Building a prefix trie

Prefix trie‘s are cool data structures that let you compress a dictionary of words based on their shared prefix. If you think about it, this makes a lot of sense. Why store abs, abbr, and abysmal when you only need to store a,b,b,r,s,y,s,m,a,l. Only storing what you have to (based on prefix) in this example gives you a 70% compression ratio! Not too bad, and it would only get better the more words you added.

The classical way of dealing with prefix tries is to store the suffixes using a map, but for fun I tried something different and used a list.

Data

The main data structure I had was like this

type Key a = [a]

data Trie key = Node (Maybe key) [Trie key] Bool deriving (Show, Eq, Read)

So a trie is really just a node that has a list of other tries … Read more

Avoiding nulls with expression trees

I’ve blogged about this subject before, but I REALLY hate null refs. This is one of the reasons I love F# and other functional languages, null ref’s almost never happen. But, in the real world I work as a C# dev and have to live with C#’s… nuisances.

In the other post, a big problem with the dynamic proxy was that it only worked with virtual methods, so it wasn’t really all that practical. This time around I decided to try a different route and leverage expression tree’s to actually build out the if checks automatically.

For the impatient, full source available at my github and the library is available on nuget

Demonstration

Let me demonstrate the final usage first. If all of users properties and methods return null, executing this whole chain would fail starting at the null result of GetSchool(). But, by using the Option static … Read more

Strongly typed powershell csv parser

Somehow I missed the powershell boat. I’ve been a .NET developer for years and I trudged through using the boring old cmd terminal, frequently mumbling about how much I missed zsh. But something snapped and I decided to really dive into powershell and learn why those who use it really love the hell out of it. After realizing that the reason everyone loves it is because everything is strongly typed and you can use .NET in your shell I was totally sold.

My first forays into powershell included customizing the shell environment. First I got conemu and made it look nice and pretty. Next was to get an ls highlighting module, since I love that about unix shells.

I set up a few fun aliases in my profile and felt ready to conquer the world! My next experiment was to try and create an actual binary cmdlet. I figured, what … Read more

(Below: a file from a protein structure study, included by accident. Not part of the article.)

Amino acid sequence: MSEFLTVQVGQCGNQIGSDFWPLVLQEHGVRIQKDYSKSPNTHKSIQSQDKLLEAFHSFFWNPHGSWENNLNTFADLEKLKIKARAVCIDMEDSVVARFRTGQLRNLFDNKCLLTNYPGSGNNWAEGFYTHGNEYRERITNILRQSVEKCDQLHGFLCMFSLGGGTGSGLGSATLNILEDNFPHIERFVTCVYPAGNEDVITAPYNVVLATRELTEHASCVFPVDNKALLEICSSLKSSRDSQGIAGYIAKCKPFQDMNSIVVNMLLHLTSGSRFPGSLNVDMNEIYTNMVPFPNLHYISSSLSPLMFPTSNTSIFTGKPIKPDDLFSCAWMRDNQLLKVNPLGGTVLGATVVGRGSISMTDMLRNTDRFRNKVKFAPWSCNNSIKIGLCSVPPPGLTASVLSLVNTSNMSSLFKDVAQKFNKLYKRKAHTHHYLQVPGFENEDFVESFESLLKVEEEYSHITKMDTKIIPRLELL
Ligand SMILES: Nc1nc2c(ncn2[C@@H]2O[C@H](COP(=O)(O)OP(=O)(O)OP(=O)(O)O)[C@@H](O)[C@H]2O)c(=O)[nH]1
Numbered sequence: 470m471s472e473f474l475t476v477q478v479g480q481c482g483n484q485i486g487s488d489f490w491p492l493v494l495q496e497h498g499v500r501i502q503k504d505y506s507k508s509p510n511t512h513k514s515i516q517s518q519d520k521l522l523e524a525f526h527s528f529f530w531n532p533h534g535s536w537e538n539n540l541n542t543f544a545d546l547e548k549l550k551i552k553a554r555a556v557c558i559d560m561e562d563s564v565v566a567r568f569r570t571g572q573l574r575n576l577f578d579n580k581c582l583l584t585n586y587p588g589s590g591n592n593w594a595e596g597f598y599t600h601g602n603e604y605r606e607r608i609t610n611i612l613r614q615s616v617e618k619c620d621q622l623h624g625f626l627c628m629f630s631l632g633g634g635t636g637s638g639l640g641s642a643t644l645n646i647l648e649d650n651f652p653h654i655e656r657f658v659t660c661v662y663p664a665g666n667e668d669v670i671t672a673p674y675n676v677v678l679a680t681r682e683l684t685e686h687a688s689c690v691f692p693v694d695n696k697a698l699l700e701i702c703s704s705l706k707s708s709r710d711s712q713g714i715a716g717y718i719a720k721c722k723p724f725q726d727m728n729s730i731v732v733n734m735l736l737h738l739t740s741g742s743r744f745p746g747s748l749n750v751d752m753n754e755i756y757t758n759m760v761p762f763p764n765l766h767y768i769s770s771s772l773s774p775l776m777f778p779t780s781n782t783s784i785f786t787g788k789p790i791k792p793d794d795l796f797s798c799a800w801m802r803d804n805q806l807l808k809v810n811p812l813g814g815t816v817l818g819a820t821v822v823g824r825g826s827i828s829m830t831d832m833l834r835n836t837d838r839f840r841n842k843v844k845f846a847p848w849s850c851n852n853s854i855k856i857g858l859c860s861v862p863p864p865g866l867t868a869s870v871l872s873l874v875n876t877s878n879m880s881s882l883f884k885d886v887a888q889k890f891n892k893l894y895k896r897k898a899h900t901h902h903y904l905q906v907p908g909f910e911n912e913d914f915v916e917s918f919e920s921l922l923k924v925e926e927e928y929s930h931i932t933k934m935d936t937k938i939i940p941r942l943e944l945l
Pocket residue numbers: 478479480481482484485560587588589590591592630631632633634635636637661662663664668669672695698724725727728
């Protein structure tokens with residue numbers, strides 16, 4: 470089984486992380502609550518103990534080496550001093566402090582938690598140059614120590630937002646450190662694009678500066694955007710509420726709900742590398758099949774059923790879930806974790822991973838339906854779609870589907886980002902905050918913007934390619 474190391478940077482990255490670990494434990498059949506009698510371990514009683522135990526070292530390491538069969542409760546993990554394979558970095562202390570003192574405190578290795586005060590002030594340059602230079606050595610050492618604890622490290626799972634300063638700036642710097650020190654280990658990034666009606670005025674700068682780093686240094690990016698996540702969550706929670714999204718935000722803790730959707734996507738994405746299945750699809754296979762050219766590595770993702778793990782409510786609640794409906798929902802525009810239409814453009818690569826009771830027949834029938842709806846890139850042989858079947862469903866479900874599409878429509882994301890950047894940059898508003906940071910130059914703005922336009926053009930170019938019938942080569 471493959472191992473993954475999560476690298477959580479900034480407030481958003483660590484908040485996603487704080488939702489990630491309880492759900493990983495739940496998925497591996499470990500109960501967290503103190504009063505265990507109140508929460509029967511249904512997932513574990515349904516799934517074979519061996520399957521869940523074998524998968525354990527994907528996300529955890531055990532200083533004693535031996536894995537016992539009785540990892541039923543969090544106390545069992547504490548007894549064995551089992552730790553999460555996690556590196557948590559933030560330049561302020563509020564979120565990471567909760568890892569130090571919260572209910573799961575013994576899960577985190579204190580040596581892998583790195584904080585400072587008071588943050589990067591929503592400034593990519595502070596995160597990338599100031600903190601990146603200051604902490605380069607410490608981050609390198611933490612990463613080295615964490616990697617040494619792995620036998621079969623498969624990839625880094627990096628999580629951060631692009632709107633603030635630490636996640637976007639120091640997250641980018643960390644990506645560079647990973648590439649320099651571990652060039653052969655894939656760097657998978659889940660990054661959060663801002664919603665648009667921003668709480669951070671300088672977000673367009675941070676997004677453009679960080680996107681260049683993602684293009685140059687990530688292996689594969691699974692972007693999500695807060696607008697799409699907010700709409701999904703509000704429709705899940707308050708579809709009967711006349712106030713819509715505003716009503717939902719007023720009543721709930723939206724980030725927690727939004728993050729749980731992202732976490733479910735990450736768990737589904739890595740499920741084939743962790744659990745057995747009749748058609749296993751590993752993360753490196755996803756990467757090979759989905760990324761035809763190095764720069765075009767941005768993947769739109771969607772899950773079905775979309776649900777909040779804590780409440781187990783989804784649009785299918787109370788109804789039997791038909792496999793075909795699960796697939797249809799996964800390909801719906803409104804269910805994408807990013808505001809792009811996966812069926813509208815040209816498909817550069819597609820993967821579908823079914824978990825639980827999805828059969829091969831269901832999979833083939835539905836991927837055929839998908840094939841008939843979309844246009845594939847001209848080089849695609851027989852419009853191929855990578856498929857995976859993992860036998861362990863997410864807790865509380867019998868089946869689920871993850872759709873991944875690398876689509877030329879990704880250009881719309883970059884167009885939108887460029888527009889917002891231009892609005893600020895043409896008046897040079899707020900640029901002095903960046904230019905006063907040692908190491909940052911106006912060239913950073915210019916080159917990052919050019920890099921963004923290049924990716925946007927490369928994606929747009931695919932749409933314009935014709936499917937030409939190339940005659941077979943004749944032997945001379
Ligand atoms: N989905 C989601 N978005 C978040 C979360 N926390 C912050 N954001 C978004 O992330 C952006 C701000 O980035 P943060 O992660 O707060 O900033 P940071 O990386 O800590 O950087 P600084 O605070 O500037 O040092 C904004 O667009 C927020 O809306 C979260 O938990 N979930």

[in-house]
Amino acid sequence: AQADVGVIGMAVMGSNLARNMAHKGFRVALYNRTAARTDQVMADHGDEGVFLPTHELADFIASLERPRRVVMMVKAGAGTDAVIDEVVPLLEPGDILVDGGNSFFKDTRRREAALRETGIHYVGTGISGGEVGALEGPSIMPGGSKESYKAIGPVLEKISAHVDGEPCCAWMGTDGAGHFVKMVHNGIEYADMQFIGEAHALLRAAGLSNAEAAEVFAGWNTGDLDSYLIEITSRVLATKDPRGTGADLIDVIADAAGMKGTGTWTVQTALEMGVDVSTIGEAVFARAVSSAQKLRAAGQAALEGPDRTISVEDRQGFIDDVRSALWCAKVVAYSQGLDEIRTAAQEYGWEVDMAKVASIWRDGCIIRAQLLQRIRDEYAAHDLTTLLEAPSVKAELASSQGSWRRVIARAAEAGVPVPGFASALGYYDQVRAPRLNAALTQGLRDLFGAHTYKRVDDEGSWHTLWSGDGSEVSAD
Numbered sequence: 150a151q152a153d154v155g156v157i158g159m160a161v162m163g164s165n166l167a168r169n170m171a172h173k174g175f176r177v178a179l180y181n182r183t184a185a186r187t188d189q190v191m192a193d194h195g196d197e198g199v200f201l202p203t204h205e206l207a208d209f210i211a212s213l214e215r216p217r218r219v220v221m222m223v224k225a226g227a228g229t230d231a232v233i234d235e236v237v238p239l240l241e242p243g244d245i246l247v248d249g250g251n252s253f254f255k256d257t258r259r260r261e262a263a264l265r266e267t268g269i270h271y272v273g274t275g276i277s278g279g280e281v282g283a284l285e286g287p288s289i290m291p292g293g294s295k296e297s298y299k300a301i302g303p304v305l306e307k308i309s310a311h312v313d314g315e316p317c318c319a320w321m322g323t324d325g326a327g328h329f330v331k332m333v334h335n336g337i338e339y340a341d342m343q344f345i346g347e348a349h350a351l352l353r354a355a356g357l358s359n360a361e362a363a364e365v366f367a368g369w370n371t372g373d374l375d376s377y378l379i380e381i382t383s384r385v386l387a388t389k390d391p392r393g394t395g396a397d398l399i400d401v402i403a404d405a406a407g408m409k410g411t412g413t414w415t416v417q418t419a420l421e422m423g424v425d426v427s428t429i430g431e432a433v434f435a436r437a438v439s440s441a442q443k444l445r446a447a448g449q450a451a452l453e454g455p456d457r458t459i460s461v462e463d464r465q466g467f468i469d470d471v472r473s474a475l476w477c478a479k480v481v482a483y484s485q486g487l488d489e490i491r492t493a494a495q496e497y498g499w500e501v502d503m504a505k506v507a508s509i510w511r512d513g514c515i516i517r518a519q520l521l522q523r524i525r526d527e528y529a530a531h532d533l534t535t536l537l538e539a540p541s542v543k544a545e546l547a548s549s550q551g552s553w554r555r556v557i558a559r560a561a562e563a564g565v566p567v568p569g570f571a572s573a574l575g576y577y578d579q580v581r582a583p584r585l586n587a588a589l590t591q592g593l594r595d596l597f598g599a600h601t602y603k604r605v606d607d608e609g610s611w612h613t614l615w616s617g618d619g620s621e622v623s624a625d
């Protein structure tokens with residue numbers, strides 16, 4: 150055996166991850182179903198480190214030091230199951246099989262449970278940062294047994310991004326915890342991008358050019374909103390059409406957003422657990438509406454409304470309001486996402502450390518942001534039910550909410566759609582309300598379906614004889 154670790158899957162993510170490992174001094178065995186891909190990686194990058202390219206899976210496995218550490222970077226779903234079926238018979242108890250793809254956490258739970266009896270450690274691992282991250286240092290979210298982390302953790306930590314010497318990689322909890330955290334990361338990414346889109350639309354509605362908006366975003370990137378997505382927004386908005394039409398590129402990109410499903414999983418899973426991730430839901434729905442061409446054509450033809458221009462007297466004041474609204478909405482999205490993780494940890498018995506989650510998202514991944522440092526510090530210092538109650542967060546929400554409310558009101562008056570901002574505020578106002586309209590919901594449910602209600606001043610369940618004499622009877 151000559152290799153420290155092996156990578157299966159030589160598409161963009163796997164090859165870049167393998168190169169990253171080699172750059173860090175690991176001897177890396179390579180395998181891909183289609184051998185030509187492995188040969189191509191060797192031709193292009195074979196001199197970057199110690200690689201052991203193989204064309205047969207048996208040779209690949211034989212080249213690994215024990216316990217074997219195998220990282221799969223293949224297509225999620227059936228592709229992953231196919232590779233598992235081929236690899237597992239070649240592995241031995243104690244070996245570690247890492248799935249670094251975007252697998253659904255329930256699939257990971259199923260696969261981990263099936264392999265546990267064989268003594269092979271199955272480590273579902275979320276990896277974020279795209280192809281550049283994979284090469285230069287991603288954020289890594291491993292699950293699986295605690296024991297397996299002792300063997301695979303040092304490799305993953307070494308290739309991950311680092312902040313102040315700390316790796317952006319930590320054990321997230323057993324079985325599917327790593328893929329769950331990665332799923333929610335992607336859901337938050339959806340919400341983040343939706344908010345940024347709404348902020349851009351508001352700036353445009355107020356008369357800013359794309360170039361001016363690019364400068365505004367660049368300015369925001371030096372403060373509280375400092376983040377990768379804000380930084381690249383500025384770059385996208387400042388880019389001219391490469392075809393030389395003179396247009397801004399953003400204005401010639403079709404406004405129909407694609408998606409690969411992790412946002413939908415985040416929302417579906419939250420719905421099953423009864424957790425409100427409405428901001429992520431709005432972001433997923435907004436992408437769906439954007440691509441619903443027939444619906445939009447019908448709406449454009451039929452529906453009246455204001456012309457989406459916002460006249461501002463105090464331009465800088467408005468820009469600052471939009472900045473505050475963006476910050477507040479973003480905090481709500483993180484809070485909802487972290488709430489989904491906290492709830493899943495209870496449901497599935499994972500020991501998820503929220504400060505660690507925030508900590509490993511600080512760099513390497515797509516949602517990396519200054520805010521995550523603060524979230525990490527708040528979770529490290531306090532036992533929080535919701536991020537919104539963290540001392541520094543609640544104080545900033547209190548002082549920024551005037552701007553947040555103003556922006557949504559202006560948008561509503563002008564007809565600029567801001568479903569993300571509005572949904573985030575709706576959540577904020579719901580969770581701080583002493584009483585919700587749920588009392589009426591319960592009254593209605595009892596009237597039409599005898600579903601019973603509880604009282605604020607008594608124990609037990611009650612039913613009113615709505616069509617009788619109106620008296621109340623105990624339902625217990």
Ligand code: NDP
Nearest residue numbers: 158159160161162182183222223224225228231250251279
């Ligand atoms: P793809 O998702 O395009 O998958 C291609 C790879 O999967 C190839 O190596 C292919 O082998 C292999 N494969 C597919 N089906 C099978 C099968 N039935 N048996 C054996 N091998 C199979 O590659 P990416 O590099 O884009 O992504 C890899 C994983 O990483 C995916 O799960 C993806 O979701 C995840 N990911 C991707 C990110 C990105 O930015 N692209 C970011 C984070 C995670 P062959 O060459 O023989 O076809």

A simple templating engine

I wanted to talk about templating, since templating is a common thing you run into. Often times you want to cleanly do a string replace on a bunch of text, and sometimes even need minimal language processing to do what you want. For example, Java has a templating engine called Velocity, but lots of languages have libraries that do this kind of work. I thought it’d be fun to create a small templating engine from scratch with F# as an after work exercise.

The goal is to give the templating processor a set of lookup bags that can be resolved by variables. For example, if I use a variable $devshorts.isgreat that should correspond to a bag that is keyed first off of devshorts which returns a new bag, and then a new bag that has a key isgreat which should return a value.

Getting the AST

First, lets parse the … Read more

RxJava Observables and Akka actors

I was playing with both akka and rxjava and came across the following post that described how to map rxjava observables from messages posted to akka actors.

Since my team works in java, I decided to try mapping the concept to java directly, but found that there was an issue. When I tried to have multiple subscribers listen on the stream I’d get an exception since more than one subscriber would send the “subscribe” message and try to modify the akka receive context.

I also wanted to make it easier to extend the actors to be able to process a piece of work, and then resubmit it for consumption by the observable.

The subscribe command messages

First, let me show the commands we can send to the actors. This is just mapping the scala union type that the original blog post had. The @Data attribute is part of project lombokRead more

Debugging F# NUnit equals for mixed type tuples

Twitter user Richard Dalton asked a great question recently:

Twitter question

And after a bit more digging he then mentioned

Twitter question

Interesting. I downloaded the NUnit source and saw this:

public bool AreEqual(object x, object y, ref Tolerance tolerance)
{
    this.failurePoints = new List<FailurePoint>();